Brown became national chairwoman of the bracelet campaign for VIVA and worked six days a week, from morning to midnight. "My mother would find me asleep in my bed covered with checks and bank deposit slips," she said. She eventually dropped out of school.
"There was something about a specific name being on them," said Brown, 62, who went on to work on POW/MIA issues for the nonprofit National League of Families and later for the Pentagon. "People made a personal connection — 'I'm watching out for this guy.'"
The plight of the POWs gave people a way to separate their feelings toward policymakers from their feelings toward those who fought in the war — a shift in public attitude still evident today. Whatever people think of U.S. policy on Iraq and Afghanistan, support for the troops remains strong.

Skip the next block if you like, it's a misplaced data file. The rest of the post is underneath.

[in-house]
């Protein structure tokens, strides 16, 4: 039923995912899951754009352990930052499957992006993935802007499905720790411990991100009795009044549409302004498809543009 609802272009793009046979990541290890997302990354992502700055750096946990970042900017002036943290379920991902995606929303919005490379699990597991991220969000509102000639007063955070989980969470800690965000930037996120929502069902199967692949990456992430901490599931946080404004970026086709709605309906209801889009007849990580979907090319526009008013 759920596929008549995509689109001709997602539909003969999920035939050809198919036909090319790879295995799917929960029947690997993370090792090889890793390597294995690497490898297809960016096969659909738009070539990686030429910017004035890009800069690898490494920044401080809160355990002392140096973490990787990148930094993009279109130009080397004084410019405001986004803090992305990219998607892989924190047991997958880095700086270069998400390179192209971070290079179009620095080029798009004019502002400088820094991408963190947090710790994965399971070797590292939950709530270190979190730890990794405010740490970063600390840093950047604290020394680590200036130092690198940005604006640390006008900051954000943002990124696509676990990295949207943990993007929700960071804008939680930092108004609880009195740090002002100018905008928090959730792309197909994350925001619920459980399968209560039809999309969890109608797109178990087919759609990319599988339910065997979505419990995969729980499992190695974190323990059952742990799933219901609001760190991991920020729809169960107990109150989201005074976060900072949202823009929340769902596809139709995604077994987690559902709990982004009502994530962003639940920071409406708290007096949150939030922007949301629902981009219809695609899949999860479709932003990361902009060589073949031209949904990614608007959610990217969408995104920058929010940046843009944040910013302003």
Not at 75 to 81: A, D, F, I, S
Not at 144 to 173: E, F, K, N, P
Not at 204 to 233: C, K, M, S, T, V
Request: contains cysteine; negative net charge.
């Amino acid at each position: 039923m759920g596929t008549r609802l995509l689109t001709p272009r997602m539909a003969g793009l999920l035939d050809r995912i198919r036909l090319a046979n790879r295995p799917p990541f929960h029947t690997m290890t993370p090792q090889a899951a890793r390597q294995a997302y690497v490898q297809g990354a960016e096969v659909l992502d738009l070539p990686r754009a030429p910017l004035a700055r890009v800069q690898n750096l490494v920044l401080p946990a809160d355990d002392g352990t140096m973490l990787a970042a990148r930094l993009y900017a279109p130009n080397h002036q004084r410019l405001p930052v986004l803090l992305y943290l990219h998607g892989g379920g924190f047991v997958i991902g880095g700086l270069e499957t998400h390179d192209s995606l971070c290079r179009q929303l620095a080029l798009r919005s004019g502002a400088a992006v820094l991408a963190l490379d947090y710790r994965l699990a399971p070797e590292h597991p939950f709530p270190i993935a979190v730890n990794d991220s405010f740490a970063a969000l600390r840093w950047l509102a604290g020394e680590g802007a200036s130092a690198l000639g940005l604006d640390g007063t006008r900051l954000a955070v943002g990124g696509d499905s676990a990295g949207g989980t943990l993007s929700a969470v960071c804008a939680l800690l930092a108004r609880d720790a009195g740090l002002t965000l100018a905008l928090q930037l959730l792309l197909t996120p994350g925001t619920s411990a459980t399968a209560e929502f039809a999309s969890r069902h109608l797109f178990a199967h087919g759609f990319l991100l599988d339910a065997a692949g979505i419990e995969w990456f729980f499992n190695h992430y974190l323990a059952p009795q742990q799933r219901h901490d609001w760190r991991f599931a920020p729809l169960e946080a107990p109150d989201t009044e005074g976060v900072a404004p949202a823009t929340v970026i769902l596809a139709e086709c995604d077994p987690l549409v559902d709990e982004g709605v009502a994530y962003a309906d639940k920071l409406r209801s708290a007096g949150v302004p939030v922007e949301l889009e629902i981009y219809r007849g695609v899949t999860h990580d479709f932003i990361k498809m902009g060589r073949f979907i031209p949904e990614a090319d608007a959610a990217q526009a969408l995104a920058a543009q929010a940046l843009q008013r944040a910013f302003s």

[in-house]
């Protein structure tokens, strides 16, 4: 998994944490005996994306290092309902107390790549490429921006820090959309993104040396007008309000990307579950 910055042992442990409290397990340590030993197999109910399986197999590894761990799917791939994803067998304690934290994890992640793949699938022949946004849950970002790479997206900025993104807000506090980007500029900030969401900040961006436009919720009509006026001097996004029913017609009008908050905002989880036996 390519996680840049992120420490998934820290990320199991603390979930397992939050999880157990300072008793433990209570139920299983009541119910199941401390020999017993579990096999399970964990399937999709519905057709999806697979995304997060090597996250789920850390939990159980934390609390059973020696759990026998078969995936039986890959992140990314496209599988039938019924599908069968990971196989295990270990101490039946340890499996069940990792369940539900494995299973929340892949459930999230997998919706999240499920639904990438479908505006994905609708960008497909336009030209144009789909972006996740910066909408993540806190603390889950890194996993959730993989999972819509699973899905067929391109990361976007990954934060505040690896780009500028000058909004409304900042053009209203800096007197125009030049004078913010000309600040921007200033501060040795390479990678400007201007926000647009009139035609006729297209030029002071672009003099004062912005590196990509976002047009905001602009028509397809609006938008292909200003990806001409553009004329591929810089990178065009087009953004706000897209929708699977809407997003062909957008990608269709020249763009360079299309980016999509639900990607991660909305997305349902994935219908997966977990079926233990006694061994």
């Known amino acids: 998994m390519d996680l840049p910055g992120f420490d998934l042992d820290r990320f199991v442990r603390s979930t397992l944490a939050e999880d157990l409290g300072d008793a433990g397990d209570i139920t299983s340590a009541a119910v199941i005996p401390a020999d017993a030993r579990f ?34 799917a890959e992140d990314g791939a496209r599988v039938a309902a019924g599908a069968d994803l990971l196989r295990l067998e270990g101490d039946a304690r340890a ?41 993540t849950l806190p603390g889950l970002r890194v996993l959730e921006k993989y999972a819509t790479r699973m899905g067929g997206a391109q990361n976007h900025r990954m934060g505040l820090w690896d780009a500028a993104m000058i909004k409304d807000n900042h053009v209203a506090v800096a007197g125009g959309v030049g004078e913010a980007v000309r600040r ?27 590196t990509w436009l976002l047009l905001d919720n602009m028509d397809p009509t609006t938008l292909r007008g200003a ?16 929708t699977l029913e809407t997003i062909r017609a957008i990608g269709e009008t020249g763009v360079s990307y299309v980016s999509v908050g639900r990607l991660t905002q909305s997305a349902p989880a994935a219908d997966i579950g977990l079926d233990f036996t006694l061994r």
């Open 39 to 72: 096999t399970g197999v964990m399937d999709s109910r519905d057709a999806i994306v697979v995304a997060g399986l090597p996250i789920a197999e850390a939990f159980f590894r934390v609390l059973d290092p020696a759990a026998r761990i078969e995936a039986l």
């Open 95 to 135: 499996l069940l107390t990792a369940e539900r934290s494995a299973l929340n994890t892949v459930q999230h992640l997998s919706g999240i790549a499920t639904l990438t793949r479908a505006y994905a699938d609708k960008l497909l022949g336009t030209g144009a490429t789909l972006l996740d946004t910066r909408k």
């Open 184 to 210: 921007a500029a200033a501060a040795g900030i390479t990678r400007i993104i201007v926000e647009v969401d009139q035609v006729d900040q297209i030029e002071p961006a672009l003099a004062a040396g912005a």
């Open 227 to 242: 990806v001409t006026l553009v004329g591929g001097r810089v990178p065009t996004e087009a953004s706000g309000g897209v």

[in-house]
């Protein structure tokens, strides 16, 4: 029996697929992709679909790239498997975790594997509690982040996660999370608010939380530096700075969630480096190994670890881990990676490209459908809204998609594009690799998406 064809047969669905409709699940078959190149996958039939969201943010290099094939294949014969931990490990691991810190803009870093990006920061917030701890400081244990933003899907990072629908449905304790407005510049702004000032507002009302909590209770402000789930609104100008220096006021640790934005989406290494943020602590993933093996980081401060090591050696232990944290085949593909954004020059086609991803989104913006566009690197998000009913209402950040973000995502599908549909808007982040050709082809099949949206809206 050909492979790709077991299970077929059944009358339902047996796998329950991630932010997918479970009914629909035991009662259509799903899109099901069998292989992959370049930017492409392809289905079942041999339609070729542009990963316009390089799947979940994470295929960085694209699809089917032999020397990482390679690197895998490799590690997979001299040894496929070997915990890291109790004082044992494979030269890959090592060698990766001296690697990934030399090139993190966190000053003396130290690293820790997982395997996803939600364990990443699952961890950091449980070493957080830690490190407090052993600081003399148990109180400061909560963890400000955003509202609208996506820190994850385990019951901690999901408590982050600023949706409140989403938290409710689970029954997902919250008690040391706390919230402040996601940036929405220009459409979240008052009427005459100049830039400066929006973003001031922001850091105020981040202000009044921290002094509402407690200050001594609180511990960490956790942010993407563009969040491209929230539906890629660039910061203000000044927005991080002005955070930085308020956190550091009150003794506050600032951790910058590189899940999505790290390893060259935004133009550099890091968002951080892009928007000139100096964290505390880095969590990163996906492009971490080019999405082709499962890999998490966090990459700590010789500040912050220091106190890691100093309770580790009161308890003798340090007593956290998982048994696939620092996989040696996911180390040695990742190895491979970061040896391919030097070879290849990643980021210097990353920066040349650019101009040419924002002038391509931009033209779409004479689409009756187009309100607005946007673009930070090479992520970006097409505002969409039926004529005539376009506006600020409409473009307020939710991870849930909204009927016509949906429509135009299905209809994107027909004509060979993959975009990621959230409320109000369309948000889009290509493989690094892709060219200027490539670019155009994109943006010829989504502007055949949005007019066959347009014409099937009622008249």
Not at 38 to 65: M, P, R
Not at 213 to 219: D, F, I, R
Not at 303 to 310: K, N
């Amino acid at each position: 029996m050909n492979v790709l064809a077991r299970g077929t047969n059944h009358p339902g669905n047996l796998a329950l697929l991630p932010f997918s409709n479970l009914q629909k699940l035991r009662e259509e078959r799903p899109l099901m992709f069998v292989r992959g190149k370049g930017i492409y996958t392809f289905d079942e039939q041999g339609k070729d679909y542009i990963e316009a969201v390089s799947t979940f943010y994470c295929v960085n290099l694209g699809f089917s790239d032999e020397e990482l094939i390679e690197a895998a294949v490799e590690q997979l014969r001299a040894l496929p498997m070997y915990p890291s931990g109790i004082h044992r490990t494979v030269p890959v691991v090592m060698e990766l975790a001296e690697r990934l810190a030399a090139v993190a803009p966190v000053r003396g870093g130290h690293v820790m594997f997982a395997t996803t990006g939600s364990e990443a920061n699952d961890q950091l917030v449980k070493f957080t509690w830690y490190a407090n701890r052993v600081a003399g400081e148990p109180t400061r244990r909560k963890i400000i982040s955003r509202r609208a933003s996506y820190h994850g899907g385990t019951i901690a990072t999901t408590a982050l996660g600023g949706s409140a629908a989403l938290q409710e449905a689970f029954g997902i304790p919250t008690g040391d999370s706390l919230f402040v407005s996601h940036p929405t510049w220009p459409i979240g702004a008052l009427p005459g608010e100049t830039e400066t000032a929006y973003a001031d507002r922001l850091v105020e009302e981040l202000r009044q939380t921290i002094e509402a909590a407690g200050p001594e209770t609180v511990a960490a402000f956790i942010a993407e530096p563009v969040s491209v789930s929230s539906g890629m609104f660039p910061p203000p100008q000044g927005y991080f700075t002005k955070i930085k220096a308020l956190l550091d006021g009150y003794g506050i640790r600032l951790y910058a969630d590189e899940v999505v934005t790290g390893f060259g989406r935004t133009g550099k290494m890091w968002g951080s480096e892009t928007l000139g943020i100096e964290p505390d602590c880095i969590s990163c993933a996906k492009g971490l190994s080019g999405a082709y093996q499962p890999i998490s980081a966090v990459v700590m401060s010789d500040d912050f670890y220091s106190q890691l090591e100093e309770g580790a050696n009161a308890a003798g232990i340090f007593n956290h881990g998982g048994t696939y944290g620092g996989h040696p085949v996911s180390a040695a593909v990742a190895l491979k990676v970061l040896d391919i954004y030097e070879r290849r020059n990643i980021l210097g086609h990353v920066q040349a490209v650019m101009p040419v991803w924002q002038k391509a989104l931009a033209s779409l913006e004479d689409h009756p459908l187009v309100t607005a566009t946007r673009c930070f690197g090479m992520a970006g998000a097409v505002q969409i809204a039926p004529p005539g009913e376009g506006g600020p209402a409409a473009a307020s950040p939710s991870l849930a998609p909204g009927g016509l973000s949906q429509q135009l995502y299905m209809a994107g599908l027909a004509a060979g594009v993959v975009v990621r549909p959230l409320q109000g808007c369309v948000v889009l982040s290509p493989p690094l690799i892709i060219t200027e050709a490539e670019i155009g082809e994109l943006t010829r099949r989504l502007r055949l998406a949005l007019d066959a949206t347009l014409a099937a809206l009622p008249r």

Over the years, many who wore the bracelets got in touch with "their" POW if they returned from the war, or their survivors. The L.A. Times talked with several veterans who were contacted and the civilians who sought them out. Some have stayed in touch for many years. Link -via Fark
(Image credit: Don Bartletti/Los Angeles Times)
PS: The POW whose bracelet I wore has never been found.